Oct 16, 2013

Zeros of the Legendre Polynomials

Legendre functions (Legendre polynomials) are the solutions of the following linear Ordinary Differential Equation (ODE), \[
\frac{\mathrm{d}}{d x}\left[ (1-x^2) \frac{\mathrm{d}}{\mathrm{d}x} P_n(x) \right] + n(n+1)P_n(x) = 0

The Legendre function $P_n(x)$ is a degree $n$ polynomial. It has $n$ distinct roots within (-1,1), $x_{n,k}, k=1,2,\cdots n$, $x_{n,1} < x_{n,2} < \cdots < x_{n,n}$. There is no analytical solution for high order Legendre polynomials. It is useful to know the analytical bounds of the roots.

According to Bruns, Markoff, Stieltjes and Szego [1], the roots satisfy the following inequality, \[
\cos\frac{(n-k+1)\pi}{n+1} < x_{n,k} < \cos\frac{(n-k+\frac{3}{4})\pi}{n+\frac{1}{2}}
 \] for $k = 1, \cdots \left[\frac{n}{2}\right]$. For the other half, recall $x_{n,n-k+1} = -x_{n,k}$.

It may also be useful to give a pair of global bounds, \[
\cos\frac{(n-k+\frac{1}{2})\pi}{n+\frac{1}{2}} < x_{n,k} < \cos\frac{(n-k+1)\pi}{n+\frac{1}{2}}
\] for $k=1,2,\cdots n$, although this is a coarse one.

The roots of the Legendre polynomials also admit asymptotic expansion due to Francesco Tricomi [2]. Let $\theta_{n,k} = \frac{n-k+3/4}{n+1/2}\pi$. Then the $k$-th root (in ascent order) is \[
x_{n,k} = \left\{1 - \frac{1}{8n^2} + \frac{1}{8n^3} - \frac{1}{384n^4}\left( 39 - \frac{28}{\sin^2\theta_{n,k}} \right) + \mathcal{O}(n^{-5})\right\} \cos\theta_{n,k}, \] which can be improve by Newton's algorithm $x_{\nu+1} = x_{\nu} - \frac{1-x_\nu^2}{n} \frac{P_n(x_\nu)}{P_{n-1}(x_\nu) -x_\nu P_n(x_\nu)}$.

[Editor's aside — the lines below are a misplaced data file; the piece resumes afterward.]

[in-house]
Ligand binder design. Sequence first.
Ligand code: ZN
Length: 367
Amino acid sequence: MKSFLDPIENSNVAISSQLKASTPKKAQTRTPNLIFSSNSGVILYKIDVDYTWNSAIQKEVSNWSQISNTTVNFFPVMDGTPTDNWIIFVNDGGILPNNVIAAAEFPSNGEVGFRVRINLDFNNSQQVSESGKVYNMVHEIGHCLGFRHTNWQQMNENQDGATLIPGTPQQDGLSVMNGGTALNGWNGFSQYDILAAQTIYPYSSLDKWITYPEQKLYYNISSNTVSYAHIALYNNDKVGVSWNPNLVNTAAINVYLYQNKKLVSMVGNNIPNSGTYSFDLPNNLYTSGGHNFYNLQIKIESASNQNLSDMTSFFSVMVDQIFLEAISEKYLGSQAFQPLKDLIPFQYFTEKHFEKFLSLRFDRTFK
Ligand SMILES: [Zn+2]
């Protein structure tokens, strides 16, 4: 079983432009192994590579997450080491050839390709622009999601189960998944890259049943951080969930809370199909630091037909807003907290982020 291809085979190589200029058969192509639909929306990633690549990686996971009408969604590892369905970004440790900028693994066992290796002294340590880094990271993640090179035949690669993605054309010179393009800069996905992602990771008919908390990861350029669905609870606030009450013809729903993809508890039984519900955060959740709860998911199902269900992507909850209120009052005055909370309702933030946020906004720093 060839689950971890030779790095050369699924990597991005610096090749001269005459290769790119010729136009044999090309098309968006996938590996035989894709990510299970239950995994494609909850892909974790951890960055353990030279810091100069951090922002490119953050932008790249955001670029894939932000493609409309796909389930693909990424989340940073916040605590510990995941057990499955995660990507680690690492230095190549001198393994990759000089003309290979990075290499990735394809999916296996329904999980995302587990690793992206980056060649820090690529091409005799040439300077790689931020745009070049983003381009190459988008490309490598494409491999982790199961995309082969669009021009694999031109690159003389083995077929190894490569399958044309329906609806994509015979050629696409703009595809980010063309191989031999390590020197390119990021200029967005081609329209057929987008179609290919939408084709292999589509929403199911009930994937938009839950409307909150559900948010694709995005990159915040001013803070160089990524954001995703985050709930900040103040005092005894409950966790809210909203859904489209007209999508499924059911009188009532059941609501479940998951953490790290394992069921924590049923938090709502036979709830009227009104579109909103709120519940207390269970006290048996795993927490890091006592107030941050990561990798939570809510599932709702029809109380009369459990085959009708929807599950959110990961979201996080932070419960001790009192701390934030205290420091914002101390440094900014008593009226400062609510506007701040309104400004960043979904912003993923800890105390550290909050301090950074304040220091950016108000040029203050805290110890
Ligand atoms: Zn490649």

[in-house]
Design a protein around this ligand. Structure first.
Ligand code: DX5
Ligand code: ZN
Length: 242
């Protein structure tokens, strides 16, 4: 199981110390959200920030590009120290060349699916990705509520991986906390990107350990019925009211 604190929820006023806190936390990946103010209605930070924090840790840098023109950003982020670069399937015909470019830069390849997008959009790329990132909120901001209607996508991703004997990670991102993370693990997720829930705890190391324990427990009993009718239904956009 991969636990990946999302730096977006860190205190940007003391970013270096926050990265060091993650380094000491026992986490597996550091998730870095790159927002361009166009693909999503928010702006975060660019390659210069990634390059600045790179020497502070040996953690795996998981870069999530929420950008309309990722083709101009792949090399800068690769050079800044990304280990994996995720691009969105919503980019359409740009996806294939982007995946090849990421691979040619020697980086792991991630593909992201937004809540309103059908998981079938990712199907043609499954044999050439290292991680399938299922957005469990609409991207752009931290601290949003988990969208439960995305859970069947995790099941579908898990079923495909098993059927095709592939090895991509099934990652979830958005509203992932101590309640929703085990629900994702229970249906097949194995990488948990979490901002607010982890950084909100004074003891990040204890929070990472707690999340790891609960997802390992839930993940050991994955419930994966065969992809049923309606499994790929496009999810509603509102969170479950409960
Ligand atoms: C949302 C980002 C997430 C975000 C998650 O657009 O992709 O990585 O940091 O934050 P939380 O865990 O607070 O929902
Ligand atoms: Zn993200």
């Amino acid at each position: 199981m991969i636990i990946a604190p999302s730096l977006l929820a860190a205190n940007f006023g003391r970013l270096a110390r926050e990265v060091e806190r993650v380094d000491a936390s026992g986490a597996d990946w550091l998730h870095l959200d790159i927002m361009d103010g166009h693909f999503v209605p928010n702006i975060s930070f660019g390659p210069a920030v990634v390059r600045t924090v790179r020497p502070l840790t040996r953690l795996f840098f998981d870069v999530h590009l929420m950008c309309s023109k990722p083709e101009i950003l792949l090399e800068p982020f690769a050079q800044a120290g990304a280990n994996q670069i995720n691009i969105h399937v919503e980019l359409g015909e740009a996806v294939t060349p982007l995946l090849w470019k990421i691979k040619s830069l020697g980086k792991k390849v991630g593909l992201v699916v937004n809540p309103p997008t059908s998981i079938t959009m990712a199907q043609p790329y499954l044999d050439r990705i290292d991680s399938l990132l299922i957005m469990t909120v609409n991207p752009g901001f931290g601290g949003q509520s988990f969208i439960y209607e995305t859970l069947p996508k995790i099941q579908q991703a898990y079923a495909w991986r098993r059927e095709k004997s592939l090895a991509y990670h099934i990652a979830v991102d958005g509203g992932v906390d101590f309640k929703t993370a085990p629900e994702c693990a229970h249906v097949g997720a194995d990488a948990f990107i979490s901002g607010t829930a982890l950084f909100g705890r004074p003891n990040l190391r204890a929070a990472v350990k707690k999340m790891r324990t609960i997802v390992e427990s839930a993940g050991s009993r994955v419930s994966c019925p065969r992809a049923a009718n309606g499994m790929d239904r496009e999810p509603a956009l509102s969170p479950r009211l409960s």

Another approximation due to Gatteschi and Pittaluga [3] is \[
x_{n,k} = \cos\left\{ \theta_{n,k} + \frac{1}{16(n+1/2)^2}(\cot\frac{1}{2}\theta_{n,k} - \tan\frac{1}{2}\theta_{n,k}) \right\} + \mathcal{O}(n^{-4}).

Let $x_{n,k}$ be the $k$-th root of $P_n(x)$, $\xi_{n,k}$ be its approximations.

The $x_{n,k} \simeq \cos\theta_{n,k}$ is a pretty good estimator of the location $k$ of Gaussian nodes from $x_{n,k}$.

Last but not least, the zeros are the nodes of the Gaussian quadrature. \[
 \int_{-1}^{+1} \mathrm{d}x f(x) \simeq \sum_{k=1}^n w_{n,k} f(x_{n,k})
\] where $w_{n,k} = \frac{2}{(1-x_{n,k}^2) \left[ P'_n(x_{n,k}) \right]^2}$ are called the Gaussian weights. Gaussian quadrature can be illustrated by the bellow figure ($n = 16$).


[1] Gabriel Szego, Inequalities for the Zeros of Legendre Polynomials and Related Functions, Transactions of the American Mathematical Society, Vol. 39, No. 1 (1936)

[2] F. G. Tricomi, Sugli zeri dei polinomi sferici ed ultrasferici, Ann. Mat. Pura Appl., 31 (1950), pp. 93–97; F.G. Lether and P.R. Wenston, Minimax approximations to the zeros of $P_n(x)$ and Gauss-Legendre quadrature, Journal of Computational and Applied Mathematics Volume 59, Issue 2, 19 May 1995, Pages 245–252

[3] L. Gatteschi and G. Pittaluga, An asymptotic expansion for the zeros of Jacobi polynomials, in Mathematical Analysis. Teubner-Texte Math., 79 (1985), pp. 70–86

Source codes:

John Burkardt (GNU LGPL): http://people.sc.fsu.edu/~jburkardt/cpp_src/quadrule/quadrule.html

pomax.github.io: http://pomax.github.io/bezierinfo/legendre-gauss.html

rosettacode: http://rosettacode.org/wiki/Numerical_integration/Gauss-Legendre_Quadrature


GaussianQuadratureWeights[n, a, b, prec]

No comments:

Post a Comment